The Quilting Party, Artist Unknown, c. 1840-1850.
I’ve recently provided reviews on almost all the medallion books there are, as well as five books on quilt borders. Before I finish with reviews, I want to include four books I own on collaborative quilting. Two specifically consider round robins, while two are a little different.
Round Robin Quilts by Pat Magaret and Donna Slusser, 1994
It’s surprising how much great information is packed in this older book. It covers round robins as a friendship or small group project. Besides the familiar medallion format, the book suggests a handful of variations. Considerable space is spent discussing options for group rules, including having no rules at all. Photos are abundant of real projects, and while not all the individual projects are inspiring, they give a sense of the possibilities. Besides group dynamics and projects, the authors also cover both design and construction in depth. In fact, the design discussion here includes elements (line, shape, color, value, texture, and space) as well as principles (unity, emphasis, balance, scale, and rhythm.) It is clear, easy to read, and is written with a friendly tone, befitting the projects. I honestly don’t remember where I got this book, but I’m glad to have it. It is one of the best two medallion books I own, along with Sally Collins’ Borders, Bindings & Edges, reviewed here.
Round Robin Renaissance by M’liss Rae Hawley, 2006
As the title says, the focus here is on round robin (group) projects more generally, including medallion quilts, row quilts, samplers, and others. The section on medallions is small and provides two patterns with very specific sizing for elements. The other types of projects seem to be similarly rigid. More disconcerting, though, is the section on behavior by participants. Hawley recommends substantial paperwork be passed with projects, fully-specified fabrics, same-brand rulers to ensure consistency of sizing from all participants… She has a list of rules for how to be a “perfect team member,” and even recommends wording for when you need to tell another member that their work isn’t up to your standards. Honestly, it is just odd. If any group suggested I participate in such a constricted and obsessive way, I would certainly decline. If you want that much control over your quilt, make it yourself! (I just donated this book Monday at my guild meeting.)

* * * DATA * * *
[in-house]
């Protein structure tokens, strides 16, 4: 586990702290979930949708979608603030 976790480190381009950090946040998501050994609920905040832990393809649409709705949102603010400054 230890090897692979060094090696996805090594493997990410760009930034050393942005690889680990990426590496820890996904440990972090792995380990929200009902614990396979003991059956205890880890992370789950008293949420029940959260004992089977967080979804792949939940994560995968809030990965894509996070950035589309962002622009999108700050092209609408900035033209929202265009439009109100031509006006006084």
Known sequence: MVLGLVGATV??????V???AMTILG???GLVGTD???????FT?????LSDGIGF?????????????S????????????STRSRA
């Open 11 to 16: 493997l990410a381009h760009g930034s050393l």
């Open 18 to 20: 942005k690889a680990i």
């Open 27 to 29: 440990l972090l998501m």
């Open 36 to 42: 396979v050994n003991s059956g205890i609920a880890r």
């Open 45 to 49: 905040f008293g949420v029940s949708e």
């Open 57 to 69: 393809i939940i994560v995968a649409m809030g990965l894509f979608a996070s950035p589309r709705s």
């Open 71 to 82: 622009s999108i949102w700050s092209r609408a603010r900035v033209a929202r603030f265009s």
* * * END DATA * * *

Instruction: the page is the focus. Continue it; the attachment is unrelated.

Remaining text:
Freddy & Gwen Collaborate Again by Gwen Marston and Freddy Moran, 2009
Following up on their prior book Collaborative Quilting, Marston and Moran play with bright colors, bold designs, and liberated piecing. The range of formats includes block, strip, and medallion quilts. They show how to create the various parts used in multiple quilts, and then include a gallery referencing which parts were used.
The point of the book isn’t actually to advocate for working in pairs or groups. It doesn’t discuss the logistics of collaboration, or the benefits or pitfalls. However, the influence of both designers is visible in the joyful results. In my opinion, that speaks for itself. This book is just fun to look at, which is why I bought it and why I still own it.
Setting Solutions by Sharyn Craig, 2001
Of all the books in my personal library, this is one I would reach for if I could only keep ten books. It isn’t about medallions, it isn’t about round robins. It’s about solving problems. Problems that are common for group quilts include blocks that are sized differently, unusual numbers of blocks, and oddly colored blocks. Craig addresses all these issues with creativity and practicality.
For a more complete review, see my post on the best book I don’t own. (I own it now!)
Do you have a favorite book (or other resource) on collaborative quilting? Certainly these just touch on the subject. Block swaps, bees, friendship and album quilts, remembrance quilts, political quilts… There are many ways to work together in quilting. Do you have stories to tell about working with others on quilts? I could tell you stories…